Myths about creativity and the arts

During my research into bullying in cultural organizations, which became the basis for  the book Bullying in the Arts, I noted that quite a lot of arts managers claimed the experience of working in arts environments with creative people was different from working anywhere else. They often used this as a way to explain the requirement for workplace terms and conditions that differ from the norm.

Creativity - Einstein

As the research continued I learned from investigations carried out by neuroscientists that creativity is a function of the human brain – and concluded that some of those same arts managers might be surprised to learn that creativity may not, in fact, be the sole preserve of the cultural sector.

Image source: sun gazing

To find out more I read about the work of Teresa Amabile who is Director of Research at Harvard Business School and has devoted her entire research programme to the study of creativity. She is also the postholder of the Edsel Bryant Ford Professor of Business Administration in the Entrepreneurial Management Unit at the School.

Professor Amabile is one of the foremost explorers of business innovation in the USA and she said this about creativity:

… almost all of the research in this field shows that anyone with normal intelligence is capable of doing some degree of creative work. Creativity depends on a number of things: experience, including knowledge and technical skills; talent; an ability to think in new ways; and the capacity to push through uncreative dry spells. Intrinsic motivation – people who are turned on by their work often work creatively – is especially critical. Over the past five years, organizations have paid more attention to creativity and innovation than at any other time … (Amabile 2004: 1)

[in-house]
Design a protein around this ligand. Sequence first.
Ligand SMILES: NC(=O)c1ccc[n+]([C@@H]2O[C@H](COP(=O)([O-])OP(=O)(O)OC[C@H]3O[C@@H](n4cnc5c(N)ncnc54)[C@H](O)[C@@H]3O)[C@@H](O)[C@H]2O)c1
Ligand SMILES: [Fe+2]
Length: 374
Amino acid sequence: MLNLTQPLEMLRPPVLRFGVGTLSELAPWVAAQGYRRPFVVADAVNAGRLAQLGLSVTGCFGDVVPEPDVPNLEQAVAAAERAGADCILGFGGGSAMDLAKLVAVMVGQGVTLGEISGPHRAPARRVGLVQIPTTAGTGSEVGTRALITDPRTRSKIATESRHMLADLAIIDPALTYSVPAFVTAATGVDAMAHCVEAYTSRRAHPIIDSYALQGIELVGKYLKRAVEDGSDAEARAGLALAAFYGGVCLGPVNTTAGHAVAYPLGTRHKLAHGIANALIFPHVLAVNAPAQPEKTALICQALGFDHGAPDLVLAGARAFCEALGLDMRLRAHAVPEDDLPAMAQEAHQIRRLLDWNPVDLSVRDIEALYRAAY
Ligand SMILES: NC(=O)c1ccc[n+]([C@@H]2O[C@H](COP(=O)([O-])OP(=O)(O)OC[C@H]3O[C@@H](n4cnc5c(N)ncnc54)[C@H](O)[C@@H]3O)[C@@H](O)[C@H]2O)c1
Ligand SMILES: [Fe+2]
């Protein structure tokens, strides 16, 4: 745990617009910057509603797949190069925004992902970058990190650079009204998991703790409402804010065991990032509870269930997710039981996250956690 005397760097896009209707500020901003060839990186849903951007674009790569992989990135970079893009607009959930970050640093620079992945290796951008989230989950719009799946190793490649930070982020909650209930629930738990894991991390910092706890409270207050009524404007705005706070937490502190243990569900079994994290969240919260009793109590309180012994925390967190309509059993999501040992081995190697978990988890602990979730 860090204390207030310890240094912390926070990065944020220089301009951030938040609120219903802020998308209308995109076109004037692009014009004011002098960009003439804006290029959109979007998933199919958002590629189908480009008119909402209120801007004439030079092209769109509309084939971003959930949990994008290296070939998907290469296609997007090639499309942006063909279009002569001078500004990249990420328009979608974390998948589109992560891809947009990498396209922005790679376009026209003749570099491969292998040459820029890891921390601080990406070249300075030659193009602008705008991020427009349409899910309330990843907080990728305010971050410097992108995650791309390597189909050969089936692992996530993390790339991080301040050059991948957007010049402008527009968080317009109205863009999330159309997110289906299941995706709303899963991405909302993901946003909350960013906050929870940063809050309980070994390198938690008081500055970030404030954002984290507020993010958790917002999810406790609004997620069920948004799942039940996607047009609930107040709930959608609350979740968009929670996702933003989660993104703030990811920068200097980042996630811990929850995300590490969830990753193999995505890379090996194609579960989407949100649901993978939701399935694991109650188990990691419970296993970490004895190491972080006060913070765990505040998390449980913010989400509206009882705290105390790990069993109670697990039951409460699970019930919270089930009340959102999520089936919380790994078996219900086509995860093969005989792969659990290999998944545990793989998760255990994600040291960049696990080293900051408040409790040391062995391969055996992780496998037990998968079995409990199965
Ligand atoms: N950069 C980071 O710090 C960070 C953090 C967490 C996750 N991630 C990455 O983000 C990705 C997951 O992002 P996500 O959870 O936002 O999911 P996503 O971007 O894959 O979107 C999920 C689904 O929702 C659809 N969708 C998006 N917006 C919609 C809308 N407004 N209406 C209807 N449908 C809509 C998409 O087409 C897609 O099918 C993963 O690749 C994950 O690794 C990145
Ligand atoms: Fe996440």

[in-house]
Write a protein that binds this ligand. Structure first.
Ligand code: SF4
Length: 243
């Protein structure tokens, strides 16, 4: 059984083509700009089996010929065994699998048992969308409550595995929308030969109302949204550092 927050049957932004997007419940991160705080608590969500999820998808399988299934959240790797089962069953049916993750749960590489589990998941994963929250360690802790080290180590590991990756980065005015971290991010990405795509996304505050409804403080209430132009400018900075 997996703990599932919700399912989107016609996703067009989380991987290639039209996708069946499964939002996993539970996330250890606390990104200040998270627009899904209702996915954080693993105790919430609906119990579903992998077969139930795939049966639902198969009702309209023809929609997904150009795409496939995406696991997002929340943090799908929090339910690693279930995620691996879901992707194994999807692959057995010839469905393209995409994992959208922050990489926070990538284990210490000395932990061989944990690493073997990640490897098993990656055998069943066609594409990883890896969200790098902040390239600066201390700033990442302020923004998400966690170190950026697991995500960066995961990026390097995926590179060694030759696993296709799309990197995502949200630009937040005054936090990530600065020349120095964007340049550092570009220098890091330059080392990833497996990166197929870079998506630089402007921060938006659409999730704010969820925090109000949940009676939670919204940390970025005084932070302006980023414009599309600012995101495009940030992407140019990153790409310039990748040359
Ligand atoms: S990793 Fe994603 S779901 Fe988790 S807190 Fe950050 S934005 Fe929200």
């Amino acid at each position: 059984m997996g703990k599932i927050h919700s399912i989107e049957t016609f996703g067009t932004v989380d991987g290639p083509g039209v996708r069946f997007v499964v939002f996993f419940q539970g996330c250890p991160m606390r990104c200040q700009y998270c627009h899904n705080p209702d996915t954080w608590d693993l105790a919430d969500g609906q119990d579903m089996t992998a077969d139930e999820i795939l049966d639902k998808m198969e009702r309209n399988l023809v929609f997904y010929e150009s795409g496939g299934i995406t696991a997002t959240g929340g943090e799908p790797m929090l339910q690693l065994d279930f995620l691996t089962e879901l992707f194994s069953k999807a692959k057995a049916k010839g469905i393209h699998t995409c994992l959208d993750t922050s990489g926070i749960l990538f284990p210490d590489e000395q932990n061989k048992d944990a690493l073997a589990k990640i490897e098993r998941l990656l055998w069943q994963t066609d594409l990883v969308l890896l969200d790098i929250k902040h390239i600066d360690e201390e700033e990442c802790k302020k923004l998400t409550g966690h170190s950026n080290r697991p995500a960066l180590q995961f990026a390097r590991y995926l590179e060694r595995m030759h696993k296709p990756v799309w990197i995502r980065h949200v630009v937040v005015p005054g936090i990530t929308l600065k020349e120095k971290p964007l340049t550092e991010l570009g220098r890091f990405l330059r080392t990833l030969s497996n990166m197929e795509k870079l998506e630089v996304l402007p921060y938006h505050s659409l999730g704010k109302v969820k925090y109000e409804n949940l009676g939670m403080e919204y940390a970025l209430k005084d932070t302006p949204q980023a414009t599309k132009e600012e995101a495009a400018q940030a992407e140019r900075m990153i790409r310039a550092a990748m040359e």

DCF 1.0Everyone who has ever worked in a community arts organization would probably reach the same conclusion about people they have encountered in a community setting. Would they think this was also true of  people in a non-arts commercial working environment though?

Image source: Standpoint

In particular, it is interesting that Amabile identifies the ability to think in new ways as conducive to creativity, which correlates with the findings of the neuroscientists, and also that she touches upon ‘dry spells’ – analogous with ‘writer’s block.’

Given the neurological evidence to date, we could characterize these ‘dry spells’ as periods when no new environments are available to the creator – so that familiarity breeds a paucity of ideas; or ‘same old, same old’ prevails and prevents creativity.

Amabile proposes six myths about creativity in the commercial world, and in the book I decided to explore these in the context of the cultural sector, not least because they meant I could compare and contrast commercial and cultural values – ultimately they supported the argument that the arts are not so very different after all. Here I explore the first two myths. The other four will follow soon.